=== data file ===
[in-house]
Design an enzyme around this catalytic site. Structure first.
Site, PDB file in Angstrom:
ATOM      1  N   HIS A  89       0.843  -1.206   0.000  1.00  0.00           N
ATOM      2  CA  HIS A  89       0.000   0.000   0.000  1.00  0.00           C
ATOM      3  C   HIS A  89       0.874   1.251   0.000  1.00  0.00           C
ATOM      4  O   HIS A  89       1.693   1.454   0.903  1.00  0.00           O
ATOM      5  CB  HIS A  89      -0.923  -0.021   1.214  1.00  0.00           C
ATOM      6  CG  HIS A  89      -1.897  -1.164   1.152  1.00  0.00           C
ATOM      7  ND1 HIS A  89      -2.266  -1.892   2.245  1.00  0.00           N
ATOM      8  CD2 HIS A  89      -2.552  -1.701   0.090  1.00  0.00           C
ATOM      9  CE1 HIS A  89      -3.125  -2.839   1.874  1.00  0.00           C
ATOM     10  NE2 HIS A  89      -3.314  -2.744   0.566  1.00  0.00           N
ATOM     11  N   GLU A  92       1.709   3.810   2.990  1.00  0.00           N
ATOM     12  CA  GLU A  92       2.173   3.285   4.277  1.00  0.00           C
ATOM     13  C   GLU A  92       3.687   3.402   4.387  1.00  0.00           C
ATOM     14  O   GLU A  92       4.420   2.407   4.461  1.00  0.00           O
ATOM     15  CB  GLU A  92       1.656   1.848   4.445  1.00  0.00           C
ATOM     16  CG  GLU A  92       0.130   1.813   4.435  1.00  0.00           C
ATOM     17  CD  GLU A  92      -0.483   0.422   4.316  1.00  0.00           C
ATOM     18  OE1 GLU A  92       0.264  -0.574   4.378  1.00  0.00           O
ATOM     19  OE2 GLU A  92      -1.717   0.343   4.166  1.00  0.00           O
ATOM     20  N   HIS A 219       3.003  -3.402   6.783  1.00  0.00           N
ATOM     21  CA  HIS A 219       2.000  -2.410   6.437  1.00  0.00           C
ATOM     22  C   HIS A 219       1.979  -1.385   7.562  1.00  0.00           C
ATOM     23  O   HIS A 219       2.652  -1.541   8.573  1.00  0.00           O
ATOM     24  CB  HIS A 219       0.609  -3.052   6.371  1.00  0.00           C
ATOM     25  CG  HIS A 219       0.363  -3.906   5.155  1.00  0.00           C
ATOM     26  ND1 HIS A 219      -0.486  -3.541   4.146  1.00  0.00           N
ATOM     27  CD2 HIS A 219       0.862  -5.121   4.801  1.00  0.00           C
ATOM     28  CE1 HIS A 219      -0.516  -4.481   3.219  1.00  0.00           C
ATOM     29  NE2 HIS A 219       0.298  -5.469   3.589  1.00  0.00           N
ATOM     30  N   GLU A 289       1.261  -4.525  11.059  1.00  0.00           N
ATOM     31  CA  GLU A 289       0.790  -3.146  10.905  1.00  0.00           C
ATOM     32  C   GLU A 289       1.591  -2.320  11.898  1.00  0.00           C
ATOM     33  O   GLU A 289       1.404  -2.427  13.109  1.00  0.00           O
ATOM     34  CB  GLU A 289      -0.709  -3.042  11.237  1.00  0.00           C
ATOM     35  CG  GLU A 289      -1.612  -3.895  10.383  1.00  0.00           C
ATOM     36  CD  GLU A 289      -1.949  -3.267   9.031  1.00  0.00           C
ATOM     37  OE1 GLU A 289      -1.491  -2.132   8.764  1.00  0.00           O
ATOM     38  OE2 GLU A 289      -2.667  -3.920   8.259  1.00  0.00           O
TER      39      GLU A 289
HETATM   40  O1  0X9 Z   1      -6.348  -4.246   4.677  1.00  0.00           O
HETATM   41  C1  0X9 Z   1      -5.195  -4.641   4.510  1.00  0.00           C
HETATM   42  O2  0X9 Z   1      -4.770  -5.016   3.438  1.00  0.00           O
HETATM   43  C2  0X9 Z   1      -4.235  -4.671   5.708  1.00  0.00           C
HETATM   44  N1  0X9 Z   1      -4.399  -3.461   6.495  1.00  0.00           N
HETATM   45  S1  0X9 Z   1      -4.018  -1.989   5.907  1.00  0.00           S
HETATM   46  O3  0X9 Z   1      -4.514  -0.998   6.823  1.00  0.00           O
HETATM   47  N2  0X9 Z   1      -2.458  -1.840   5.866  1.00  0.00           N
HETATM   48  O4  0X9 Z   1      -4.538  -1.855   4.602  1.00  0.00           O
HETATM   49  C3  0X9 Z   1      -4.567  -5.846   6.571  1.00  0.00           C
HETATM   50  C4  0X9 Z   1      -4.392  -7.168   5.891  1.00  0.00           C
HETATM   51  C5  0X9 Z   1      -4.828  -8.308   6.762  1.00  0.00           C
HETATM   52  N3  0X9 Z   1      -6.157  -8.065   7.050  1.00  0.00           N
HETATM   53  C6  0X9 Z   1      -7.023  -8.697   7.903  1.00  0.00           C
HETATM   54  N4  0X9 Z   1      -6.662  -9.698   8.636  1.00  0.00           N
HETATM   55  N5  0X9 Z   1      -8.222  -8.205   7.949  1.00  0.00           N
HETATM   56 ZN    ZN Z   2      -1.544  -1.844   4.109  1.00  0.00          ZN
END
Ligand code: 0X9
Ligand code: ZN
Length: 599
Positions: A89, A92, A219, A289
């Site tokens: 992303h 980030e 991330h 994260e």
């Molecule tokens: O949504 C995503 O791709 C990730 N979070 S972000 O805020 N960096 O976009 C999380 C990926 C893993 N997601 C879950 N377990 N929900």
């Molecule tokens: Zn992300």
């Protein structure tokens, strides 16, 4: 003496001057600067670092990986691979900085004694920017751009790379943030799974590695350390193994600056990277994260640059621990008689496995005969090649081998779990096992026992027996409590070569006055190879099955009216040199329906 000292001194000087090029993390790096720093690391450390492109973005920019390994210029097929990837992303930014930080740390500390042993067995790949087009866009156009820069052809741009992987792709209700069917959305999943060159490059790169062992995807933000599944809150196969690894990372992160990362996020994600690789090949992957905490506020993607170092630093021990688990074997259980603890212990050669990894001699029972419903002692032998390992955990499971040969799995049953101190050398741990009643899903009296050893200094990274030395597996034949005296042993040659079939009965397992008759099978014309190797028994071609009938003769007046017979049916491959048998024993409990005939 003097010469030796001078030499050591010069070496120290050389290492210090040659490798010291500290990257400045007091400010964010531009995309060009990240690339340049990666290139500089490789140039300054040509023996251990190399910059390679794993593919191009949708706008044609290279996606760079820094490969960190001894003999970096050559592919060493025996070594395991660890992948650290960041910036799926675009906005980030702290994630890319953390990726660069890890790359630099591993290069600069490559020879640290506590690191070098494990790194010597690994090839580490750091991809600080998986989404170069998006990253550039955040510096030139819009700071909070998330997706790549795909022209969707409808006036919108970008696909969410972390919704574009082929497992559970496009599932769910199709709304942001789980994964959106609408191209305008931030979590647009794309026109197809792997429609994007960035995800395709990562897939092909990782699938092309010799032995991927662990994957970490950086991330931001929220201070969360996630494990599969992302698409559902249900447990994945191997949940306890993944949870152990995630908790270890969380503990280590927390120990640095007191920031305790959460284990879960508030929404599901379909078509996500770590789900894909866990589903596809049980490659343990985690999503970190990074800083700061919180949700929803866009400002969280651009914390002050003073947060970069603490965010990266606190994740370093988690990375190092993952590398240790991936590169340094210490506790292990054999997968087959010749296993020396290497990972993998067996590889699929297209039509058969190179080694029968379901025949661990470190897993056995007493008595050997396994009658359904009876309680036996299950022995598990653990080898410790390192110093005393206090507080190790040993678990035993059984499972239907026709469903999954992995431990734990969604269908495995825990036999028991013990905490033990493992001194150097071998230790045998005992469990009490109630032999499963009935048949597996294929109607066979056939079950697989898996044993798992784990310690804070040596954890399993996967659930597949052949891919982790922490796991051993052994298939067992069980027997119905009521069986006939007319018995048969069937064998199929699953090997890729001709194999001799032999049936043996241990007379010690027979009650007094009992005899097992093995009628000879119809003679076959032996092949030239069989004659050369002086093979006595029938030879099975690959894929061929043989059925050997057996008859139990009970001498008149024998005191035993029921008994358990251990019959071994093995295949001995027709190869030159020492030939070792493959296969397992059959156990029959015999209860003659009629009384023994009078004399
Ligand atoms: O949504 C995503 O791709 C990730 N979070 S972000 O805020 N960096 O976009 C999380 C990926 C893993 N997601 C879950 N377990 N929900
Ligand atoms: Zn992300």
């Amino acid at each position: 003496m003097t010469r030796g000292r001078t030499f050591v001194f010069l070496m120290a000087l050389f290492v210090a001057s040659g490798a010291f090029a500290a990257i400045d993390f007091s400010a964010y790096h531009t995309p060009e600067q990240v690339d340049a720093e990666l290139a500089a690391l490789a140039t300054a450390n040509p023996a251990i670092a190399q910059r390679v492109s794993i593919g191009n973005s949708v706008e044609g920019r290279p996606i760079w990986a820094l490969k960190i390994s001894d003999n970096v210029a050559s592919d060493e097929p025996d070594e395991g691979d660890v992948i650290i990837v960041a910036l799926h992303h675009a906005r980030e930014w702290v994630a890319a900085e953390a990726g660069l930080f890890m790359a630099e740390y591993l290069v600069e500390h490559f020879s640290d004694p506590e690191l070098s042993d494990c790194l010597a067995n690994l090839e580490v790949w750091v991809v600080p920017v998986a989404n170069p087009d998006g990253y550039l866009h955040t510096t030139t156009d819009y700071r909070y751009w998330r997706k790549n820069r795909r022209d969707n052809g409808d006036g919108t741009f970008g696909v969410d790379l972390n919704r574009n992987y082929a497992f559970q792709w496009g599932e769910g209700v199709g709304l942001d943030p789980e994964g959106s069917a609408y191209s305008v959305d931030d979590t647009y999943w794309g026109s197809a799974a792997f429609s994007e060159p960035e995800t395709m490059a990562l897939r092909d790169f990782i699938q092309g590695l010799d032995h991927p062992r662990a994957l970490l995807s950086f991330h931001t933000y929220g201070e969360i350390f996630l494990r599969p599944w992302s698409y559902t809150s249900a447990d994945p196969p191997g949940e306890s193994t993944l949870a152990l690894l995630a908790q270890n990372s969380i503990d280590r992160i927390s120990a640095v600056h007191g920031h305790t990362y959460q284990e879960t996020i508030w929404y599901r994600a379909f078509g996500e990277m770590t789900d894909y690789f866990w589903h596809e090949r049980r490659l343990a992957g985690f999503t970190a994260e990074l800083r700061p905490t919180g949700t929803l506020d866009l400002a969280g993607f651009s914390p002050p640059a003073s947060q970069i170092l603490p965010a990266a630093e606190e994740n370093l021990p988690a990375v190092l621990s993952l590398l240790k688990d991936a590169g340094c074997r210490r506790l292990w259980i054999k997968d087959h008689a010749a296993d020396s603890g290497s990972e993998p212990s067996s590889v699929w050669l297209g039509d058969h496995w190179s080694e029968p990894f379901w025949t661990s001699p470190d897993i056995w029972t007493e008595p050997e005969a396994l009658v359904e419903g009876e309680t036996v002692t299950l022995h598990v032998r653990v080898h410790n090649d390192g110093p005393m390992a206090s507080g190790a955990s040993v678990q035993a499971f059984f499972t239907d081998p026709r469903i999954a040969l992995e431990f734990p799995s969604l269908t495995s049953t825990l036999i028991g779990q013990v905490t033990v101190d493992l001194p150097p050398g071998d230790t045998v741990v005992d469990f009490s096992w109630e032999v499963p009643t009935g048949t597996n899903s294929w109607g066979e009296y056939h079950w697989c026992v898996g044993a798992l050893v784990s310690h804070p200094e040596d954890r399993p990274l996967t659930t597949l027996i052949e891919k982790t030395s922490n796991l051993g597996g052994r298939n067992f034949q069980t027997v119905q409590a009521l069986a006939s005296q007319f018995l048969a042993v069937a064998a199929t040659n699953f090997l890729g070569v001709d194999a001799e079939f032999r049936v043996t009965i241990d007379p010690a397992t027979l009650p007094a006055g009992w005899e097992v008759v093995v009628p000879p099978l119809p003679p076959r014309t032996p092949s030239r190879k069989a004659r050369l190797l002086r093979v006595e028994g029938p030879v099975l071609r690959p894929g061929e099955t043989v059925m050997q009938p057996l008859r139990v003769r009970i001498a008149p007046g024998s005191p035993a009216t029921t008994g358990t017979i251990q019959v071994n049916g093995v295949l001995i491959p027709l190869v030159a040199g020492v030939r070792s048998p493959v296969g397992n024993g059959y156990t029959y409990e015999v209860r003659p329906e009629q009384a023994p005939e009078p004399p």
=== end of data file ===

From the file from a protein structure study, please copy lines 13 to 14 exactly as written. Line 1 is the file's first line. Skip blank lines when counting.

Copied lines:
ATOM     10  NE2 HIS A  89      -3.314  -2.744   0.566  1.00  0.00           N
ATOM     11  N   GLU A  92       1.709   3.810   2.990  1.00  0.00           N